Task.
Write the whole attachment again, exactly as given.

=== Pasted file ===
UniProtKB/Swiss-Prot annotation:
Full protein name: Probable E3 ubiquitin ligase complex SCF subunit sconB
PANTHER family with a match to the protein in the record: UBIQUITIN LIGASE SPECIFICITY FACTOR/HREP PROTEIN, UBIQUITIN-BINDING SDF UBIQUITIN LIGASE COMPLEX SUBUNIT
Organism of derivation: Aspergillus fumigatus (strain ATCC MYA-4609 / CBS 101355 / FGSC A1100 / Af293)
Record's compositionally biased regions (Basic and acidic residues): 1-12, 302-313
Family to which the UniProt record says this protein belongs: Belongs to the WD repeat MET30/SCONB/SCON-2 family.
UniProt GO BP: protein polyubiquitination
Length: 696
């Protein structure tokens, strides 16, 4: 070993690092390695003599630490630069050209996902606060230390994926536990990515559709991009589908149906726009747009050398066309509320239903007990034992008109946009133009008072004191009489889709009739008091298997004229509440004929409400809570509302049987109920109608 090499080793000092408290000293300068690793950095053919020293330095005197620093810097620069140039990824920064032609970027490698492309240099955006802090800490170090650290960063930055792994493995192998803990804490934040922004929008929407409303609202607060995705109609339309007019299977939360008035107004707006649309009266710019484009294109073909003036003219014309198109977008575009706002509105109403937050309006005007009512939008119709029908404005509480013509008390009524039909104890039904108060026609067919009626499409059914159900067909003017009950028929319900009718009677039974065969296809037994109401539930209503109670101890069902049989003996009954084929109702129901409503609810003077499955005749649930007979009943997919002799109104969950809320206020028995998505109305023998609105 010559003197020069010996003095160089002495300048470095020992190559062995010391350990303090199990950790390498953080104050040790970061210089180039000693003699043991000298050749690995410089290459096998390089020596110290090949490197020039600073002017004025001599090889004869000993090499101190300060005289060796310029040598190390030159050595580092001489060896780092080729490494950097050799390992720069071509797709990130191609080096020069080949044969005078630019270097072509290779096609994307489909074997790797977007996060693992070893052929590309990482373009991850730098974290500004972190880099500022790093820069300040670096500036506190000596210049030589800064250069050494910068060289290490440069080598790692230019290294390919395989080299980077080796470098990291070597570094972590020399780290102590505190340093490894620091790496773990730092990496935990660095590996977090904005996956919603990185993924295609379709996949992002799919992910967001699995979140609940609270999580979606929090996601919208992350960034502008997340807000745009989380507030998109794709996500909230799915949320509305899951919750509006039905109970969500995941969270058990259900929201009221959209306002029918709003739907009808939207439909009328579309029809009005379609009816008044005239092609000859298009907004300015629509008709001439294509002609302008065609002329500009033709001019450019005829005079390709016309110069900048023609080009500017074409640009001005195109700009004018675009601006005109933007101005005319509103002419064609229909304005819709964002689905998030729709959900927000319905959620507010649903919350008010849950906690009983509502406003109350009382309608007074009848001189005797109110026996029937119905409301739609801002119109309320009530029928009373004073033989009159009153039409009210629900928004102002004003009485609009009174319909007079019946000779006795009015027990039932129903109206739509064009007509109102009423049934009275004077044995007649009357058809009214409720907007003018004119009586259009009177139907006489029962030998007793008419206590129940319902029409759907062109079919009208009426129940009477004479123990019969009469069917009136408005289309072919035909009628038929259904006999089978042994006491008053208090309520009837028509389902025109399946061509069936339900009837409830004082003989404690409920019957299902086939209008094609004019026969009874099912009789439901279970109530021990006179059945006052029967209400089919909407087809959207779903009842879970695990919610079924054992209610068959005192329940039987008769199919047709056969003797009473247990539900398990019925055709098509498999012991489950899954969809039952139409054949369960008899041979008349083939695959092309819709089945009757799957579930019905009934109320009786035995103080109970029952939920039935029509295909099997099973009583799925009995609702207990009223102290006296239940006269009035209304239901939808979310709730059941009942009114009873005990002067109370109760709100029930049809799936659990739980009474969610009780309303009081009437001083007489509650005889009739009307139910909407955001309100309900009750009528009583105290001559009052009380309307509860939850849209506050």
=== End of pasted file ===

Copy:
UniProtKB/Swiss-Prot annotation:
Full protein name: Probable E3 ubiquitin ligase complex SCF subunit sconB
PANTHER family with a match to the protein in the record: UBIQUITIN LIGASE SPECIFICITY FACTOR/HREP PROTEIN, UBIQUITIN-BINDING SDF UBIQUITIN LIGASE COMPLEX SUBUNIT
Organism of derivation: Aspergillus fumigatus (strain ATCC MYA-4609 / CBS 101355 / FGSC A1100 / Af293)
Record's compositionally biased regions (Basic and acidic residues): 1-12, 302-313
Family to which the UniProt record says this protein belongs: Belongs to the WD repeat MET30/SCONB/SCON-2 family.
UniProt GO BP: protein polyubiquitination
Length: 696
């Protein structure tokens, strides 16, 4: 070993690092390695003599630490630069050209996902606060230390994926536990990515559709991009589908149906726009747009050398066309509320239903007990034992008109946009133009008072004191009489889709009739008091298997004229509440004929409400809570509302049987109920109608 090499080793000092408290000293300068690793950095053919020293330095005197620093810097620069140039990824920064032609970027490698492309240099955006802090800490170090650290960063930055792994493995192998803990804490934040922004929008929407409303609202607060995705109609339309007019299977939360008035107004707006649309009266710019484009294109073909003036003219014309198109977008575009706002509105109403937050309006005007009512939008119709029908404005509480013509008390009524039909104890039904108060026609067919009626499409059914159900067909003017009950028929319900009718009677039974065969296809037994109401539930209503109670101890069902049989003996009954084929109702129901409503609810003077499955005749649930007979009943997919002799109104969950809320206020028995998505109305023998609105 010559003197020069010996003095160089002495300048470095020992190559062995010391350990303090199990950790390498953080104050040790970061210089180039000693003699043991000298050749690995410089290459096998390089020596110290090949490197020039600073002017004025001599090889004869000993090499101190300060005289060796310029040598190390030159050595580092001489060896780092080729490494950097050799390992720069071509797709990130191609080096020069080949044969005078630019270097072509290779096609994307489909074997790797977007996060693992070893052929590309990482373009991850730098974290500004972190880099500022790093820069300040670096500036506190000596210049030589800064250069050494910068060289290490440069080598790692230019290294390919395989080299980077080796470098990291070597570094972590020399780290102590505190340093490894620091790496773990730092990496935990660095590996977090904005996956919603990185993924295609379709996949992002799919992910967001699995979140609940609270999580979606929090996601919208992350960034502008997340807000745009989380507030998109794709996500909230799915949320509305899951919750509006039905109970969500995941969270058990259900929201009221959209306002029918709003739907009808939207439909009328579309029809009005379609009816008044005239092609000859298009907004300015629509008709001439294509002609302008065609002329500009033709001019450019005829005079390709016309110069900048023609080009500017074409640009001005195109700009004018675009601006005109933007101005005319509103002419064609229909304005819709964002689905998030729709959900927000319905959620507010649903919350008010849950906690009983509502406003109350009382309608007074009848001189005797109110026996029937119905409301739609801002119109309320009530029928009373004073033989009159009153039409009210629900928004102002004003009485609009009174319909007079019946000779006795009015027990039932129903109206739509064009007509109102009423049934009275004077044995007649009357058809009214409720907007003018004119009586259009009177139907006489029962030998007793008419206590129940319902029409759907062109079919009208009426129940009477004479123990019969009469069917009136408005289309072919035909009628038929259904006999089978042994006491008053208090309520009837028509389902025109399946061509069936339900009837409830004082003989404690409920019957299902086939209008094609004019026969009874099912009789439901279970109530021990006179059945006052029967209400089919909407087809959207779903009842879970695990919610079924054992209610068959005192329940039987008769199919047709056969003797009473247990539900398990019925055709098509498999012991489950899954969809039952139409054949369960008899041979008349083939695959092309819709089945009757799957579930019905009934109320009786035995103080109970029952939920039935029509295909099997099973009583799925009995609702207990009223102290006296239940006269009035209304239901939808979310709730059941009942009114009873005990002067109370109760709100029930049809799936659990739980009474969610009780309303009081009437001083007489509650005889009739009307139910909407955001309100309900009750009528009583105290001559009052009380309307509860939850849209506050």